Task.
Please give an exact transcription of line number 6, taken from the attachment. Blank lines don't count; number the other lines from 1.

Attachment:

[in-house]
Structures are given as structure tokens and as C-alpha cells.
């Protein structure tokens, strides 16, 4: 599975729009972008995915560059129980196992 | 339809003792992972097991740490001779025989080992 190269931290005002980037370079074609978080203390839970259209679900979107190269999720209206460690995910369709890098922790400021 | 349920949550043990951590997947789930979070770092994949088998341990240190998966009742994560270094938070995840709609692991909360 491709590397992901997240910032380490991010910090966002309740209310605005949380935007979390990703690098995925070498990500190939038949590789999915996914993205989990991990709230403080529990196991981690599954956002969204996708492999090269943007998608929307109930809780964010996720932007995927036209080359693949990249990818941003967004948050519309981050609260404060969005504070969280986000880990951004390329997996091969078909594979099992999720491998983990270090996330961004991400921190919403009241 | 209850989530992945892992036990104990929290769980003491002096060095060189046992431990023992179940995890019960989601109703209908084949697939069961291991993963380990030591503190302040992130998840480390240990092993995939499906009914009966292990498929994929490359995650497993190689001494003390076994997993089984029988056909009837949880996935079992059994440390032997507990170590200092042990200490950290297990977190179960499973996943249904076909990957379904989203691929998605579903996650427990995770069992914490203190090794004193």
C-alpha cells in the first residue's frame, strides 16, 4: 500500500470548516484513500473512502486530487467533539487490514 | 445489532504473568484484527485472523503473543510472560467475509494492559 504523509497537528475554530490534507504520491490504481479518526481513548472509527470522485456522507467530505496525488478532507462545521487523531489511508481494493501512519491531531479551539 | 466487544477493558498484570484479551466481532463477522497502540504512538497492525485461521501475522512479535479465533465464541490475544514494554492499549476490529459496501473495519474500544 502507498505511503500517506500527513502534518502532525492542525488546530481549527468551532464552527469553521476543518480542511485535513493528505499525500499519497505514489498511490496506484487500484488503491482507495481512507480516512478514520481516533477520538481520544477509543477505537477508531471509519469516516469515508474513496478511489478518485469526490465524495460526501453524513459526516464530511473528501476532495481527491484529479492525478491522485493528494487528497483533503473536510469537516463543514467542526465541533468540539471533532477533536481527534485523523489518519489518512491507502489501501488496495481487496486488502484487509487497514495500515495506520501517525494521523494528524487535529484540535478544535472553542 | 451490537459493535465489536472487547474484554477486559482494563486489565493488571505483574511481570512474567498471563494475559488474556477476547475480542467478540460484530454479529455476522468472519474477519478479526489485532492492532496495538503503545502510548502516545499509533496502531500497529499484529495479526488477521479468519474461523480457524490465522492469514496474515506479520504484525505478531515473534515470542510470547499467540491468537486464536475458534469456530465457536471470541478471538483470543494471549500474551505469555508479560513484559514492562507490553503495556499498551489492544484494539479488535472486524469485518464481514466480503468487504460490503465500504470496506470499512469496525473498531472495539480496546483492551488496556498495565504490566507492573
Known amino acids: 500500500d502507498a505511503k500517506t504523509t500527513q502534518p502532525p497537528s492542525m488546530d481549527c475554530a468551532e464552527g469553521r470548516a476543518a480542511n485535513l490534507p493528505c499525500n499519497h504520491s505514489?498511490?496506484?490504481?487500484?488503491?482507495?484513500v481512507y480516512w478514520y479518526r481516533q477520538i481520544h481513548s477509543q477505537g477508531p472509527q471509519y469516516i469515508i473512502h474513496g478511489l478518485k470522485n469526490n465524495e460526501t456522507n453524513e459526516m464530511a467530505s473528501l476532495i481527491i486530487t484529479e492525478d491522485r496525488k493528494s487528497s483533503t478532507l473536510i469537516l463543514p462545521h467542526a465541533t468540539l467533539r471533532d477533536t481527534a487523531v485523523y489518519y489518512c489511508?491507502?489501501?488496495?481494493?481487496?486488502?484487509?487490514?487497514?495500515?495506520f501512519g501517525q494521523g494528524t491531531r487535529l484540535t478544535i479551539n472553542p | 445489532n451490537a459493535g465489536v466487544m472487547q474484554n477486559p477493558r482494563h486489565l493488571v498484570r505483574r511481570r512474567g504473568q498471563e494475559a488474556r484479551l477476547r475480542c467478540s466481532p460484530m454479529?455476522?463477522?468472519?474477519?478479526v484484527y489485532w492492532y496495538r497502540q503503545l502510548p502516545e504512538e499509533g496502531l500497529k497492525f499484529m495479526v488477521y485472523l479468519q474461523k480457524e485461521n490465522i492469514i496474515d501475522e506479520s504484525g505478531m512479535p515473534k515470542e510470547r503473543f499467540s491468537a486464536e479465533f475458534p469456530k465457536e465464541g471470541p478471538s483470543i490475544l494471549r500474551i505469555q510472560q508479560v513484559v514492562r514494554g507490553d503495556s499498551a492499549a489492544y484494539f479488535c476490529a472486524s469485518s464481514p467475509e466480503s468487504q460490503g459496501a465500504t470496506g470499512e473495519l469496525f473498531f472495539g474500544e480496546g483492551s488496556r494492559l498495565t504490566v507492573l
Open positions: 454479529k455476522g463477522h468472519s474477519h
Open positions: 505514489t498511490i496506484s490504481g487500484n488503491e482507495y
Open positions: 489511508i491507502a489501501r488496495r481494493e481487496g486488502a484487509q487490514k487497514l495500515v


Open positions: 454479529k455476522g463477522h468472519s474477519h